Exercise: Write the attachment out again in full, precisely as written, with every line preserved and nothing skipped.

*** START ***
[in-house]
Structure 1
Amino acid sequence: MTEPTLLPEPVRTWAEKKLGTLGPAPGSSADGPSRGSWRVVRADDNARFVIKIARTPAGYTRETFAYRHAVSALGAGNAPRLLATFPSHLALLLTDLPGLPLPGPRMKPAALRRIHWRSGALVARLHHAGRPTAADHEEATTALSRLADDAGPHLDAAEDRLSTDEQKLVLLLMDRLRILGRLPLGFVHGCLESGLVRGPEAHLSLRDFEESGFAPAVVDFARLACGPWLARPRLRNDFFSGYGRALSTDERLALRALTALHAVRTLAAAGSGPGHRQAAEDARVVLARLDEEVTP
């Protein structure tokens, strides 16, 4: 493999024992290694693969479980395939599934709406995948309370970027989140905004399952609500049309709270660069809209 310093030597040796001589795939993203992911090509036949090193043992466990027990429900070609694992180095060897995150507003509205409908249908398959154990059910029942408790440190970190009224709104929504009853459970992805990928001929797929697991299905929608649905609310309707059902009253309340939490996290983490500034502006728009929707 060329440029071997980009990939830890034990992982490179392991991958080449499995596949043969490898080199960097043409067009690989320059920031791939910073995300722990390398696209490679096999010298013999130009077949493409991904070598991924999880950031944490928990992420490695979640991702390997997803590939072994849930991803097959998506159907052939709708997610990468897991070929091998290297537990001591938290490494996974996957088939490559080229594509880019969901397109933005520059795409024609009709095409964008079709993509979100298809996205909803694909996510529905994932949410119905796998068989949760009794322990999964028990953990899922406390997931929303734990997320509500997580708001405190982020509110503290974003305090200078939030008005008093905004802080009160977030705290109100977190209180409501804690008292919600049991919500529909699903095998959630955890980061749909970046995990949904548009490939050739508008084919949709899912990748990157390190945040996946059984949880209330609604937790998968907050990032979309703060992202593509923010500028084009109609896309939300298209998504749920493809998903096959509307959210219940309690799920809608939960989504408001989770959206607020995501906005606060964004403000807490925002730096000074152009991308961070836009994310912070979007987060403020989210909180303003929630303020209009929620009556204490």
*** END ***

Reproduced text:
[in-house]
Structure 1
Amino acid sequence: MTEPTLLPEPVRTWAEKKLGTLGPAPGSSADGPSRGSWRVVRADDNARFVIKIARTPAGYTRETFAYRHAVSALGAGNAPRLLATFPSHLALLLTDLPGLPLPGPRMKPAALRRIHWRSGALVARLHHAGRPTAADHEEATTALSRLADDAGPHLDAAEDRLSTDEQKLVLLLMDRLRILGRLPLGFVHGCLESGLVRGPEAHLSLRDFEESGFAPAVVDFARLACGPWLARPRLRNDFFSGYGRALSTDERLALRALTALHAVRTLAAAGSGPGHRQAAEDARVVLARLDEEVTP
């Protein structure tokens, strides 16, 4: 493999024992290694693969479980395939599934709406995948309370970027989140905004399952609500049309709270660069809209 310093030597040796001589795939993203992911090509036949090193043992466990027990429900070609694992180095060897995150507003509205409908249908398959154990059910029942408790440190970190009224709104929504009853459970992805990928001929797929697991299905929608649905609310309707059902009253309340939490996290983490500034502006728009929707 060329440029071997980009990939830890034990992982490179392991991958080449499995596949043969490898080199960097043409067009690989320059920031791939910073995300722990390398696209490679096999010298013999130009077949493409991904070598991924999880950031944490928990992420490695979640991702390997997803590939072994849930991803097959998506159907052939709708997610990468897991070929091998290297537990001591938290490494996974996957088939490559080229594509880019969901397109933005520059795409024609009709095409964008079709993509979100298809996205909803694909996510529905994932949410119905796998068989949760009794322990999964028990953990899922406390997931929303734990997320509500997580708001405190982020509110503290974003305090200078939030008005008093905004802080009160977030705290109100977190209180409501804690008292919600049991919500529909699903095998959630955890980061749909970046995990949904548009490939050739508008084919949709899912990748990157390190945040996946059984949880209330609604937790998968907050990032979309703060992202593509923010500028084009109609896309939300298209998504749920493809998903096959509307959210219940309690799920809608939960989504408001989770959206607020995501906005606060964004403000807490925002730096000074152009991308961070836009994310912070979007987060403020989210909180303003929630303020209009929620009556204490």